Twitter More Addictive Than Alcohol; A Potentially Habitable Super Earth

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Discovered: Twitter addiction, Super Earth, there's a possibility obesity is infectious, 1.2 million malaria deaths, drinking coffee has at least one health benefit for a small set of people. 

  • Twitter is harder to resist than alcohol and cigarettes. Less fun and more addictive ... a sad combination. Not that we don't enjoy some Twitter time, but it's fun as a work distraction, not as a Saturday night activity. Alas, looking at BlackBerry users, researchers found they desired doing Internet things more than than they wanted to imbibe tobacco, alcohol, and coffee -- things that are physically addictive. The researchers have an explanation that makes the whole thing a tad less depressing. "Desires for media may be comparatively harder to resist because of their high availability and also because it feels like it does not 'cost much' to engage in these activities, even though one wants to resist," explains Wilhelm Hofmann. Basically, if drinking had zero consequences (i.e., hangovers) we'd booze all day long. [The Guardian]
  • A new Super-Earth. Considering we're doing all sorts of nasty to this planet, we hope this discovery works out. Scientists have located a "potentially habitable" Earth-like rock orbiting a sun-like star. "This planet is the new best candidate to support liquid water and, perhaps, life as we know it," said Guillem Anglada-Escudé. Promising! But, don't get too, too excited, the information comes from examining the planet from far, far away, using a spectrograph. Not from actually visiting and sampling the land. We remain skeptical. [Carnegie]
  • Is obesity contagious? This research leads us to believe, yes. Yes, it is something one can catch. "We could make a mouse fatter just by putting it in the same cage as the other mouse," said Yale researcher Richard Flavell. Apparently microbes in the stomachs of the heftier mice traveled to the thin mice, making them both fat and unhealthy. Gah! Sorry, we know this study is still in the mouse stage, but fat friends, we can no longer hang out in cages with you. [LiveScience]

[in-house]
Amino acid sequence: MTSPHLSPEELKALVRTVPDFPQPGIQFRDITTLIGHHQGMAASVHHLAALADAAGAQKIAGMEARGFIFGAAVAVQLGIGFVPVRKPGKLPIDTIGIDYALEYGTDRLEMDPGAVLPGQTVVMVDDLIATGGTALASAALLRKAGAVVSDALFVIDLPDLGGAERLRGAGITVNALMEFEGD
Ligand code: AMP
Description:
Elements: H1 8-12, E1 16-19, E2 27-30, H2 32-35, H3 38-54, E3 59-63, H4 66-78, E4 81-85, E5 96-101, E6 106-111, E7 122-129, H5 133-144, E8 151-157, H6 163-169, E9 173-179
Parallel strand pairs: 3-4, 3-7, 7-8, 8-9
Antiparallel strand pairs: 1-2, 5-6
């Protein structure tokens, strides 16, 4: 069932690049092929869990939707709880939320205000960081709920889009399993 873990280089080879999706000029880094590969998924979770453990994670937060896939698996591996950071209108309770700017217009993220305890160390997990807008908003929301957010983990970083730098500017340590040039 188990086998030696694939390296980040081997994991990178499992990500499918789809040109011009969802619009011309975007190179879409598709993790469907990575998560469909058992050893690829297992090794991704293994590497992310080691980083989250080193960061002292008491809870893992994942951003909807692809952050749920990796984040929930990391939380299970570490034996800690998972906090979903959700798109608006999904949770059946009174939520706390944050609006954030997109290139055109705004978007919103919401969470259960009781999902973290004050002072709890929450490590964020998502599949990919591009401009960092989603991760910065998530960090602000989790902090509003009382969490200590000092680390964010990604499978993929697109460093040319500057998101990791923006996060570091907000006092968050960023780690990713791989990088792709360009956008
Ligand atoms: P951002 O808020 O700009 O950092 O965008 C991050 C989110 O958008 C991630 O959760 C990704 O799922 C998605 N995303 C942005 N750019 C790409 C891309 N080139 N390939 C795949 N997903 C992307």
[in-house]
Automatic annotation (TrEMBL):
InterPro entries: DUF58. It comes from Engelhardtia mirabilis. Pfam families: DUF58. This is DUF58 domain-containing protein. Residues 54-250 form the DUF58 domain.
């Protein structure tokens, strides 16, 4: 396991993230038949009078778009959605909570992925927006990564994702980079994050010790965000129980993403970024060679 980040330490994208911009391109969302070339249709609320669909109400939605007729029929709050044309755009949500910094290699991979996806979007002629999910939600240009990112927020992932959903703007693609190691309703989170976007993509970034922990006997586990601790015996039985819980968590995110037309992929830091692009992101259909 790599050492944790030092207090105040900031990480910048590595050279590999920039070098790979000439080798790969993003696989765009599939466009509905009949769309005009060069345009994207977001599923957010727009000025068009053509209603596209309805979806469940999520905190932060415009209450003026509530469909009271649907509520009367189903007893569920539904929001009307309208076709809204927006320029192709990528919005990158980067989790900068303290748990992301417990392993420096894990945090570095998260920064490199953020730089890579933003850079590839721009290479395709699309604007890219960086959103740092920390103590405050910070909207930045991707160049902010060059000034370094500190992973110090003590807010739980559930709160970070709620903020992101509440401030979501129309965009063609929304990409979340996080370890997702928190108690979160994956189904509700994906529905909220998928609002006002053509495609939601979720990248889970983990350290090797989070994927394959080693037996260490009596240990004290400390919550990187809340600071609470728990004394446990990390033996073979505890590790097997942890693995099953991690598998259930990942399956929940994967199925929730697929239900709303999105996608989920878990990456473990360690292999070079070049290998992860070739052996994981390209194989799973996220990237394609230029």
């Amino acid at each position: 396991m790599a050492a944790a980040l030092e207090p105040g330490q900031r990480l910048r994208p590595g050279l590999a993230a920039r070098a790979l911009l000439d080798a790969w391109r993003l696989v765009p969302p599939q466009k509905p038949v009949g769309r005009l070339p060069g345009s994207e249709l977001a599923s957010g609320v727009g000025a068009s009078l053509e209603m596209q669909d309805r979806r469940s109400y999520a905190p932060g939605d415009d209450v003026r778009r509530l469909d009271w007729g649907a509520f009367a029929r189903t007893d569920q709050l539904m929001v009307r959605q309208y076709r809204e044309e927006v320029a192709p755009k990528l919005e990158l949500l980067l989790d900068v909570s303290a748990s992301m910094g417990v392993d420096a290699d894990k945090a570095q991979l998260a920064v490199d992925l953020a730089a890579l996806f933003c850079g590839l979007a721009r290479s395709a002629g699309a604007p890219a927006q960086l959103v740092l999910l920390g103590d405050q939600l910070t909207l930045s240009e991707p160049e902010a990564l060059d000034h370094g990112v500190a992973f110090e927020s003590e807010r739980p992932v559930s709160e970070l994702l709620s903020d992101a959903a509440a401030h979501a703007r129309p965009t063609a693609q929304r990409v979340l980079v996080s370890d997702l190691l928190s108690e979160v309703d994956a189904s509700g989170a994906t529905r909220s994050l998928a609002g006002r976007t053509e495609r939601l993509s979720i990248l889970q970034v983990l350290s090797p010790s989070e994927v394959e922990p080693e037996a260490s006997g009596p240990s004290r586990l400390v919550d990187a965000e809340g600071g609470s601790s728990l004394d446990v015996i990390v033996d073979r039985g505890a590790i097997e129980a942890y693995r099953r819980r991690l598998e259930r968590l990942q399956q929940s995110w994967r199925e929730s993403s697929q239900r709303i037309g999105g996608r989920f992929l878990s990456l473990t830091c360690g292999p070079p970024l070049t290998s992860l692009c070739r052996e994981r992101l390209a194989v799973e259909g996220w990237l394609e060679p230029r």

• Twice as much malaria as previously thought. Good thing that vaccine is coming along. A new study finds that malaria kills more than 1.2 million people a year, double the previous estimates. The overlooked deaths come from adults, who researchers thought died from other things. "You learn in medical school that people exposed to malaria as children develop immunity and rarely die from malaria as adults," said Christopher Murray. "What we've found in hospital records, death records, surveys, and other sources shows that just is not the case." The high risk countries appear in red or yellow on this handy CDC map. [Reuters]
  • A health benefit from coffee. With all this downer caffeine health news this week, we're pretty excited that there's finally something positive related to our coffee addictions. Unfortunately, it applies to a niche set of humans. Coffee reduces fibrosis risk in those with fatty liver disease, finds research done by the U.S. Army. "Patients with NASH may benefit from moderate coffee consumption that decreases risk of advanced fibrosis," explains Dr. Stephen Harrison. All we hear is "benefit." And, we're back on the coffee train. Thanks, Army!  [Hepatology]

Image via Shutterstock by Kzenon. 

This article is from the archive of our partner The Wire.